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Voice for ‘young’ Ripon

Jake Parks: Businessman, community activist and councilman

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Voice for ‘young’ Ripon

Jake Parks poses outside his Ripon business.

GLENN KAHL/The Bulletin


POSTED January 18, 2013 1:06 a.m.

Jake Parks emerges from the back of the café, rolling his wrists as he begins to punch an order into an iPad.

It’s a slow afternoon at Jake’s, this trendy coffee, tea and sandwich shop along Ripon’s Main Street corridor.

A leather couch swallows a man virtually whole in the lounge area, taking with him a laptop, backpack and brewed beverage.

An older woman folds and stacks her paper neatly and then offers it to a stranger at the table next to her. Another patron surveys the cookie selection. Chocolate chip or snickerdoodle?

The lunchtime rush comes all at once: a man orders three hot dogs and a few drinks. Parks processes the order with a few swipes and punches on the iPad and then disappears into the kitchen.

The gourmet hot dogs won’t make themselves.

“It’s the life of a small business owner,” Parks quipped. “I’m just like everyone else, serving people and making sure I’m doing my due diligence with the numbers and making sure the business will be sustainable.”

This wasn’t the life he had envisioned for himself when he left graduate school with a masters in international studies, a Florida tan and a change-the-world spirit.

Parks, who graduated from Ripon Christian in 2001 and later Chico State before pursuing his masters at Central Florida, had always thought his fate rested with a Fortune 500 business.

“It’s kind of funny the curves life throws at you,” he said. “When I originally got done with graduate school, I wanted to work for a Fortune 500 company in their international department. I came back home wanting to go into clean technology and alternative energy. Unfortunately, I was unable to get into any.”

So instead of changing the world from a skyscraper or plush corner office, Parks picked a new point of attack: a cornet-lot store in his hometown, and an active role in its leadership.

Parks is man about town: a business owner, a director with the Chamber of Commerce and first-team city council member. He is passionate about Ripon’s economic future and believes technology and innovative thinking will create a climate that will allow new and old businesses to thrive.

“We’ve always had a hunkered-down mentality here,” Parks said. “We’ve done things the same way over a long period of time. In some cases that’s great, because it keeps you financially stable. But in some ways, I think we’ve missed out (new business and new opportunity).”

Jake’s is his petri dish.

The café opened in 2010 after Starbucks left the downtown area.

It wasn’t enough to simply serve lattes and mochas and pastries. Parks wanted to push the envelope – with his menu (think: chipotle mustard, cream cheese pesto spread and hot dogs) and the marvels of modern green technology.

He recently moved away from the traditional cash register to a sales system on an iPad that allows the business to 1) go paperless, 2) manage inventory and trends, 3) incorporate Square, a credit card swiping program and 4) cut down on training time for employees.

“It’s been an adventure,” Parks said. “You definitely learn what it takes to keep a business running. You’re constantly trying to innovate. … Never rest on yesterday’s successes. You’re pushing forward to make sure tomorrow is successful, too.”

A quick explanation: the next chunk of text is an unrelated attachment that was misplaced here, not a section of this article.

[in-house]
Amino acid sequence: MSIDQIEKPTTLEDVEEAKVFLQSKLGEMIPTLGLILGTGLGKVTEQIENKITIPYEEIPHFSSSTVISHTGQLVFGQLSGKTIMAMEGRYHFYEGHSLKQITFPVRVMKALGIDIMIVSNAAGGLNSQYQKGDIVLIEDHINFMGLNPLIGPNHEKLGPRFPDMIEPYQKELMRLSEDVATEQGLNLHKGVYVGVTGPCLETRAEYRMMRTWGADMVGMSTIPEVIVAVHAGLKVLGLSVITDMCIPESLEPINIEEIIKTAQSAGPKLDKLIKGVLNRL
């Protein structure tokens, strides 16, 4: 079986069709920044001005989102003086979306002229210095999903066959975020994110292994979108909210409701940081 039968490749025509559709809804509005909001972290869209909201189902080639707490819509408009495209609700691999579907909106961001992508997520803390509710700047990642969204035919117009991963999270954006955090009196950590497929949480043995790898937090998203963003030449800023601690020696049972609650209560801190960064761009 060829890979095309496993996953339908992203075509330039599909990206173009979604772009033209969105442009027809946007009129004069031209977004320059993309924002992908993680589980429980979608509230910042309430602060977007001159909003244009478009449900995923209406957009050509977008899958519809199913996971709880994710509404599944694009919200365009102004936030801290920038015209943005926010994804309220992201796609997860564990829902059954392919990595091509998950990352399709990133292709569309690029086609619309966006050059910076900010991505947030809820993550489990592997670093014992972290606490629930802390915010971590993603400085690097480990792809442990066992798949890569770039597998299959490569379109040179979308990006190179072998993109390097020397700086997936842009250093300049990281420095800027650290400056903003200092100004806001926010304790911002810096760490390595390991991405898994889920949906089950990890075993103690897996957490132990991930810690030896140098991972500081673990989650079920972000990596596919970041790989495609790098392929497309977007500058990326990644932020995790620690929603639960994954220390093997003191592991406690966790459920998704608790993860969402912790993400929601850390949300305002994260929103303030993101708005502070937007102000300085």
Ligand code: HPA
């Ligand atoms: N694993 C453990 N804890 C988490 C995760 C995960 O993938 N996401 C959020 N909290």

Push, push, push – even if it means working through a milestone birthday.

Parks recently celebrated his 30th birthday with a 12-hour shift at Jake’s, but that’s typical. His dayplanner also includes regular meetings for the Chamber of Commerce, as well as committee meetings. His commitment to city council will consist of multiple meetings each week, he says.

 “He has some really good ideas,” Chamber president Janell Zuidervaart said, “and he’s not afraid to chime in.”

Zuidervaart can appreciate that fearlessness and passion. Four years ago, she found herself in Parks’ very position – a wet-behind-the-ears board member suddenly on equal footing with many of her parents’ friends and colleagues.

“When I got on the Chamber board I was the youngest, too,” said Zuidervaart, co-owner of Friend’s Salon. “Everyone was a parent of a friend or had gone to school with an older sibling. It was awkward.

“I’m glad we’re attracting young people like Jake and John Heida. We can take the Chamber in a new direction. It’s great to have young ones mixed in with the seasoned veterans, because we do need their knowledge as well.”

Parks, whose mother Donna is a member of the Ripon Unified School Board since 2006, has become the outspoken voice of the younger demographic.

That much was clear Tuesday evening as the council convened for workshops and its second meeting. The council voted unanimously to support the Ripon Community Athletic Foundation’s application for federal assistance, among its various talking points.

“Oh, he speaks his piece, believe me,” third-term council member Red Nutt said of Parks. “It’s the second meeting and he’s not afraid to jump out there and say what he has to say. That’s what you need out there. It makes everyone stop and think. You have to be open-minded.”

That’s been Parks’ position all along.

“Being back in town and going through the day-to-day grind, I decided the only way things would improve was if I put myself out there and ran for these seats,” Parks said.

“I’ve had a lot of help along the way. But if I wanted to make Ripon better, I was going to have to be the one to do it.”

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